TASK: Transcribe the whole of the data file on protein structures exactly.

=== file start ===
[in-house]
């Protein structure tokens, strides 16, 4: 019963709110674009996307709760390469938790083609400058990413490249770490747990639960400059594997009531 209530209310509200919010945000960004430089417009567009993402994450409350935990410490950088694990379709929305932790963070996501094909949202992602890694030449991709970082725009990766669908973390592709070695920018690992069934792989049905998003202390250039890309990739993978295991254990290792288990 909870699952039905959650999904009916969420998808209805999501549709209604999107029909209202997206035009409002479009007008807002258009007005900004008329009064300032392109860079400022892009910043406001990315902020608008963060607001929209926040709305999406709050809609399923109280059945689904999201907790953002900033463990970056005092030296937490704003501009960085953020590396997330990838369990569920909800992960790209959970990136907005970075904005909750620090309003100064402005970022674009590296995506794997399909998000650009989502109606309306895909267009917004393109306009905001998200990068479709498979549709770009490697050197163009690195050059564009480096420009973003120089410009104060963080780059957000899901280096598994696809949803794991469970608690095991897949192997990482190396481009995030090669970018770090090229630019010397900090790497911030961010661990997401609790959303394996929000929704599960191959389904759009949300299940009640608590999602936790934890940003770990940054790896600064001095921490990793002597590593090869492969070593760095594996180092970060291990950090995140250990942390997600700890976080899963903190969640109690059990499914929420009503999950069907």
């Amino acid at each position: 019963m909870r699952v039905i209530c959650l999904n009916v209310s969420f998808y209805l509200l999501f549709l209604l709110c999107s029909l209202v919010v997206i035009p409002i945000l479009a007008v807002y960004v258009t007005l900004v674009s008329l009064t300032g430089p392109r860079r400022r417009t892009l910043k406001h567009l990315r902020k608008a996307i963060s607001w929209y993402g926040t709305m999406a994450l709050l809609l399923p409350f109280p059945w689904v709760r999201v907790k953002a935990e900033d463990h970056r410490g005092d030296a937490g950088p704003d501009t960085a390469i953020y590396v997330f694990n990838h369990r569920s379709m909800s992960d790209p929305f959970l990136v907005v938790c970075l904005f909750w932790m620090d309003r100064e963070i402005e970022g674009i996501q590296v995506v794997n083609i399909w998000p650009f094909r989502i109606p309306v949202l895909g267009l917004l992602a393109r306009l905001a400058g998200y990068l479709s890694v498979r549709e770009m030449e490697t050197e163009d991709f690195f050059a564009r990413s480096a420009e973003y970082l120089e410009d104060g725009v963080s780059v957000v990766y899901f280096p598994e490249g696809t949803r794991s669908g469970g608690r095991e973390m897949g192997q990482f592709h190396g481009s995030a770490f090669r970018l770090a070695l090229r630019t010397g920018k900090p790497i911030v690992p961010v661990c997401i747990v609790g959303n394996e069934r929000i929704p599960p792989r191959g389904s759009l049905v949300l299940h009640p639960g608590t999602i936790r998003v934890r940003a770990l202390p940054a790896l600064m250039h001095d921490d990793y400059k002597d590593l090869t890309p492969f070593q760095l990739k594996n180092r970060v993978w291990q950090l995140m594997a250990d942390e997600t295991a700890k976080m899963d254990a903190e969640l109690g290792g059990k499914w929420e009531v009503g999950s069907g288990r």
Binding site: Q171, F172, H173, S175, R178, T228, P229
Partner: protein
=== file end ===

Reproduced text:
[in-house]
């Protein structure tokens, strides 16, 4: 019963709110674009996307709760390469938790083609400058990413490249770490747990639960400059594997009531 209530209310509200919010945000960004430089417009567009993402994450409350935990410490950088694990379709929305932790963070996501094909949202992602890694030449991709970082725009990766669908973390592709070695920018690992069934792989049905998003202390250039890309990739993978295991254990290792288990 909870699952039905959650999904009916969420998808209805999501549709209604999107029909209202997206035009409002479009007008807002258009007005900004008329009064300032392109860079400022892009910043406001990315902020608008963060607001929209926040709305999406709050809609399923109280059945689904999201907790953002900033463990970056005092030296937490704003501009960085953020590396997330990838369990569920909800992960790209959970990136907005970075904005909750620090309003100064402005970022674009590296995506794997399909998000650009989502109606309306895909267009917004393109306009905001998200990068479709498979549709770009490697050197163009690195050059564009480096420009973003120089410009104060963080780059957000899901280096598994696809949803794991469970608690095991897949192997990482190396481009995030090669970018770090090229630019010397900090790497911030961010661990997401609790959303394996929000929704599960191959389904759009949300299940009640608590999602936790934890940003770990940054790896600064001095921490990793002597590593090869492969070593760095594996180092970060291990950090995140250990942390997600700890976080899963903190969640109690059990499914929420009503999950069907």
């Amino acid at each position: 019963m909870r699952v039905i209530c959650l999904n009916v209310s969420f998808y209805l509200l999501f549709l209604l709110c999107s029909l209202v919010v997206i035009p409002i945000l479009a007008v807002y960004v258009t007005l900004v674009s008329l009064t300032g430089p392109r860079r400022r417009t892009l910043k406001h567009l990315r902020k608008a996307i963060s607001w929209y993402g926040t709305m999406a994450l709050l809609l399923p409350f109280p059945w689904v709760r999201v907790k953002a935990e900033d463990h970056r410490g005092d030296a937490g950088p704003d501009t960085a390469i953020y590396v997330f694990n990838h369990r569920s379709m909800s992960d790209p929305f959970l990136v907005v938790c970075l904005f909750w932790m620090d309003r100064e963070i402005e970022g674009i996501q590296v995506v794997n083609i399909w998000p650009f094909r989502i109606p309306v949202l895909g267009l917004l992602a393109r306009l905001a400058g998200y990068l479709s890694v498979r549709e770009m030449e490697t050197e163009d991709f690195f050059a564009r990413s480096a420009e973003y970082l120089e410009d104060g725009v963080s780059v957000v990766y899901f280096p598994e490249g696809t949803r794991s669908g469970g608690r095991e973390m897949g192997q990482f592709h190396g481009s995030a770490f090669r970018l770090a070695l090229r630019t010397g920018k900090p790497i911030v690992p961010v661990c997401i747990v609790g959303n394996e069934r929000i929704p599960p792989r191959g389904s759009l049905v949300l299940h009640p639960g608590t999602i936790r998003v934890r940003a770990l202390p940054a790896l600064m250039h001095d921490d990793y400059k002597d590593l090869t890309p492969f070593q760095l990739k594996n180092r970060v993978w291990q950090l995140m594997a250990d942390e997600t295991a700890k976080m899963d254990a903190e969640l109690g290792g059990k499914w929420e009531v009503g999950s069907g288990r």
Binding site: Q171, F172, H173, S175, R178, T228, P229
Partner: protein